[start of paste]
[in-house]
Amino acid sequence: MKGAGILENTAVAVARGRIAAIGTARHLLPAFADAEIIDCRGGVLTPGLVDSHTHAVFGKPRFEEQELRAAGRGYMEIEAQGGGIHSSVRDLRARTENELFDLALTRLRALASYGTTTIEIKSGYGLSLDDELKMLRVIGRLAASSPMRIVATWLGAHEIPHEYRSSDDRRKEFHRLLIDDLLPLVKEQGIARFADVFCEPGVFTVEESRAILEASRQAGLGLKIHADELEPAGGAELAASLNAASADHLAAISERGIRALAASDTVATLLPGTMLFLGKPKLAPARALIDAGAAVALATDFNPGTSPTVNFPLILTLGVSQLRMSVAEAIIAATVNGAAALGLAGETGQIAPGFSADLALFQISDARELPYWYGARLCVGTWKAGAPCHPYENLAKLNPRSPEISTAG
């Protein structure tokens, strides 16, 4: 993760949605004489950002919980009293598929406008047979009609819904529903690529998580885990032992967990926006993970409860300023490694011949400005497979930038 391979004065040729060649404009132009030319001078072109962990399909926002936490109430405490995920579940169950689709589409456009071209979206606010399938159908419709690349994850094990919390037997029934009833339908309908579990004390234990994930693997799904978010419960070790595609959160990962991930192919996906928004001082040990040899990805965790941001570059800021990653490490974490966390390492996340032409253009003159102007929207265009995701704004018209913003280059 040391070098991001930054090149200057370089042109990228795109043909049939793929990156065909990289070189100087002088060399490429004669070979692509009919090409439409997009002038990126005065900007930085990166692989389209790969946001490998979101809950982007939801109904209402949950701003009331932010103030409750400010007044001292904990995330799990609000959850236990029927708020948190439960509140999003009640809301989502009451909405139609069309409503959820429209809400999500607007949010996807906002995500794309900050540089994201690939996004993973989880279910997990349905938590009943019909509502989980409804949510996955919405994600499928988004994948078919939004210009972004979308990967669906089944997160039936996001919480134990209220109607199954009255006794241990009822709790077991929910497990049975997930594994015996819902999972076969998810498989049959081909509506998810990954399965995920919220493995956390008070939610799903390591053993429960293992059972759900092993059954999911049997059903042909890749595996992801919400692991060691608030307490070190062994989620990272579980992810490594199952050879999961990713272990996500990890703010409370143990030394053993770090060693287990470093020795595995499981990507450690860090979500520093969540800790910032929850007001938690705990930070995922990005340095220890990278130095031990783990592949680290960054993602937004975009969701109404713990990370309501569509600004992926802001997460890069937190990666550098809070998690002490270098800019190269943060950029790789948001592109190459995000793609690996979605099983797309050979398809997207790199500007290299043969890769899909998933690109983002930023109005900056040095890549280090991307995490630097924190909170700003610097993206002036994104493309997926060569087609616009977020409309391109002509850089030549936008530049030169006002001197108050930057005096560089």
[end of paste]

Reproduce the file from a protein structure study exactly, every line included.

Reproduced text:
[in-house]
Amino acid sequence: MKGAGILENTAVAVARGRIAAIGTARHLLPAFADAEIIDCRGGVLTPGLVDSHTHAVFGKPRFEEQELRAAGRGYMEIEAQGGGIHSSVRDLRARTENELFDLALTRLRALASYGTTTIEIKSGYGLSLDDELKMLRVIGRLAASSPMRIVATWLGAHEIPHEYRSSDDRRKEFHRLLIDDLLPLVKEQGIARFADVFCEPGVFTVEESRAILEASRQAGLGLKIHADELEPAGGAELAASLNAASADHLAAISERGIRALAASDTVATLLPGTMLFLGKPKLAPARALIDAGAAVALATDFNPGTSPTVNFPLILTLGVSQLRMSVAEAIIAATVNGAAALGLAGETGQIAPGFSADLALFQISDARELPYWYGARLCVGTWKAGAPCHPYENLAKLNPRSPEISTAG
């Protein structure tokens, strides 16, 4: 993760949605004489950002919980009293598929406008047979009609819904529903690529998580885990032992967990926006993970409860300023490694011949400005497979930038 391979004065040729060649404009132009030319001078072109962990399909926002936490109430405490995920579940169950689709589409456009071209979206606010399938159908419709690349994850094990919390037997029934009833339908309908579990004390234990994930693997799904978010419960070790595609959160990962991930192919996906928004001082040990040899990805965790941001570059800021990653490490974490966390390492996340032409253009003159102007929207265009995701704004018209913003280059 040391070098991001930054090149200057370089042109990228795109043909049939793929990156065909990289070189100087002088060399490429004669070979692509009919090409439409997009002038990126005065900007930085990166692989389209790969946001490998979101809950982007939801109904209402949950701003009331932010103030409750400010007044001292904990995330799990609000959850236990029927708020948190439960509140999003009640809301989502009451909405139609069309409503959820429209809400999500607007949010996807906002995500794309900050540089994201690939996004993973989880279910997990349905938590009943019909509502989980409804949510996955919405994600499928988004994948078919939004210009972004979308990967669906089944997160039936996001919480134990209220109607199954009255006794241990009822709790077991929910497990049975997930594994015996819902999972076969998810498989049959081909509506998810990954399965995920919220493995956390008070939610799903390591053993429960293992059972759900092993059954999911049997059903042909890749595996992801919400692991060691608030307490070190062994989620990272579980992810490594199952050879999961990713272990996500990890703010409370143990030394053993770090060693287990470093020795595995499981990507450690860090979500520093969540800790910032929850007001938690705990930070995922990005340095220890990278130095031990783990592949680290960054993602937004975009969701109404713990990370309501569509600004992926802001997460890069937190990666550098809070998690002490270098800019190269943060950029790789948001592109190459995000793609690996979605099983797309050979398809997207790199500007290299043969890769899909998933690109983002930023109005900056040095890549280090991307995490630097924190909170700003610097993206002036994104493309997926060569087609616009977020409309391109002509850089030549936008530049030169006002001197108050930057005096560089």